Dolmen of Avola
The Dolmen di Avola , located in the Borgellusa district, characterized by alluvial formations and protected at noon by a short rocky crag, is a prehistoric chamber monument with two or more stone slabs fixed to the ground and covered by a further slab, placed horizontally with a tomb or sacrificial function.
It was discovered in 1961 by Salvatore Ciancio, who removed the earthy mass that left only the opening visible, so much so that it was thought it was an entrance, was the trilithic construction in light.
In the Dolmen of Avola an enormous rocky slab, 8 meters long and 5.50 wide, is placed horizontally, supported by two other massive slabs placed vertically. The structure, as a whole, reaches a total height of 3.30 meters. Due to the numerous fractures reported by the dolmen over the centuries, it was necessary to make three brick supports. The artifact was created using a natural cavity, which was enlarged and geometrized until it took on its current appearance. The traces of these interventions are visible both in the outline of the pillars obtained from the side walls of the ingrottato, and in the vault.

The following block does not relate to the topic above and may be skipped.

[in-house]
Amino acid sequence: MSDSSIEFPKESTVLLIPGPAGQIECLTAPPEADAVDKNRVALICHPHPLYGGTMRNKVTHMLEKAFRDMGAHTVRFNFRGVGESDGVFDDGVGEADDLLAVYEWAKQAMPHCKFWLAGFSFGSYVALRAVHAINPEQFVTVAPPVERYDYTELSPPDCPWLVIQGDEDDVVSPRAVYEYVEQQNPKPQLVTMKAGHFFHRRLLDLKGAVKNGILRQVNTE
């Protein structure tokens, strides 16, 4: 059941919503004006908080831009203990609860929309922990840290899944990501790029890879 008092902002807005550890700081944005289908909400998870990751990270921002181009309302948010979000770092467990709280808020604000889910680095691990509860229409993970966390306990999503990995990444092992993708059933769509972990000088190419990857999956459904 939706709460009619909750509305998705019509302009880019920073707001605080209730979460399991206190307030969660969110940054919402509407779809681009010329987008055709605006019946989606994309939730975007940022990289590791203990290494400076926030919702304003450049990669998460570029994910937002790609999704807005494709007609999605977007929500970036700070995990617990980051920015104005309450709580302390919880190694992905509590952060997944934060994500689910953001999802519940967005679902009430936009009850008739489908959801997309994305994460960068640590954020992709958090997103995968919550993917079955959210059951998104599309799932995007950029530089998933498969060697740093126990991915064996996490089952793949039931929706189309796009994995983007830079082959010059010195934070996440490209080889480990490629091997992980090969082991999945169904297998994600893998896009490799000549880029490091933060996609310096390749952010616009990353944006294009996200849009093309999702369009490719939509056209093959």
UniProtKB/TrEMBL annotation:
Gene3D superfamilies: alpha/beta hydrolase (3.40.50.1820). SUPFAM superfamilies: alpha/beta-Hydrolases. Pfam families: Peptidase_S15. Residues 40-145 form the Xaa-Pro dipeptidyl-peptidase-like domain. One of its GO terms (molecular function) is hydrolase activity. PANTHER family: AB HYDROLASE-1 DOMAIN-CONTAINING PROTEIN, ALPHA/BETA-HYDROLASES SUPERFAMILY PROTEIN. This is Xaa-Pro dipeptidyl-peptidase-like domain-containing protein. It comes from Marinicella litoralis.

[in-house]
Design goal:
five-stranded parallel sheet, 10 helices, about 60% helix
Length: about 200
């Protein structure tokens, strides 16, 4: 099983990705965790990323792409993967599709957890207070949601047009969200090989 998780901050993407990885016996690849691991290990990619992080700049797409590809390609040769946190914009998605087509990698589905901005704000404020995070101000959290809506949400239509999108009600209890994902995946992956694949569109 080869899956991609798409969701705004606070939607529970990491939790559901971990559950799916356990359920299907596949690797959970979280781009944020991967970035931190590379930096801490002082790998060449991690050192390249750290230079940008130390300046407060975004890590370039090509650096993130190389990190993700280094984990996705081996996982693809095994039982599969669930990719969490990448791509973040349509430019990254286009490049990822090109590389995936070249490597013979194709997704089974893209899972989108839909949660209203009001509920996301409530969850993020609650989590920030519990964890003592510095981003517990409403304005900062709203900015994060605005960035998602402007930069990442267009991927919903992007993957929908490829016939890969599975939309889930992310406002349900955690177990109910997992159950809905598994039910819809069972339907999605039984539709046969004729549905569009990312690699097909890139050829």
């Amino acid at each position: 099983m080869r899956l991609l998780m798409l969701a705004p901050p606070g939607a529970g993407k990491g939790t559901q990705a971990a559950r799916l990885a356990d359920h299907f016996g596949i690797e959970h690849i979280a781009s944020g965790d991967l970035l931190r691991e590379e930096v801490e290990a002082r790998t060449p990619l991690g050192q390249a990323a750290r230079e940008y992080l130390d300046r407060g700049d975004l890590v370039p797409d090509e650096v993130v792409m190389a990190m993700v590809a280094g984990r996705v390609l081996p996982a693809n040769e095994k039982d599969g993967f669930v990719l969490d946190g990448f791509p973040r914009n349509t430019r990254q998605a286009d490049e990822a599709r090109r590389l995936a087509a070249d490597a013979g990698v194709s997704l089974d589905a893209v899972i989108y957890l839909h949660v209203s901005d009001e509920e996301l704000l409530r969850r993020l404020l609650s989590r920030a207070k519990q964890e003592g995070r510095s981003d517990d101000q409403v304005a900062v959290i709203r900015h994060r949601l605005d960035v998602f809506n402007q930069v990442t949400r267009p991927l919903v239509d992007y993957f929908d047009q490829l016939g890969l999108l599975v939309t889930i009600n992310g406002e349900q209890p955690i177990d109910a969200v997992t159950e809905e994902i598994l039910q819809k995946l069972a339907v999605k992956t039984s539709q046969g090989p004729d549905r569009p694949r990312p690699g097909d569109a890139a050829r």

The structure does not actually fall within the typological classification of the European dolmen, which must be solely the result of construction and not of income from rock emergencies.
It is dated around the third millennium BC. It is believed that the structure was the site of propitiatory rites linked to the mysteries of the solar divinities in the course. This thesis is supported by some elements visible along the horizontal table of the dolmen, such as an engraved rectangle with a vertex facing east and the presence of some channels.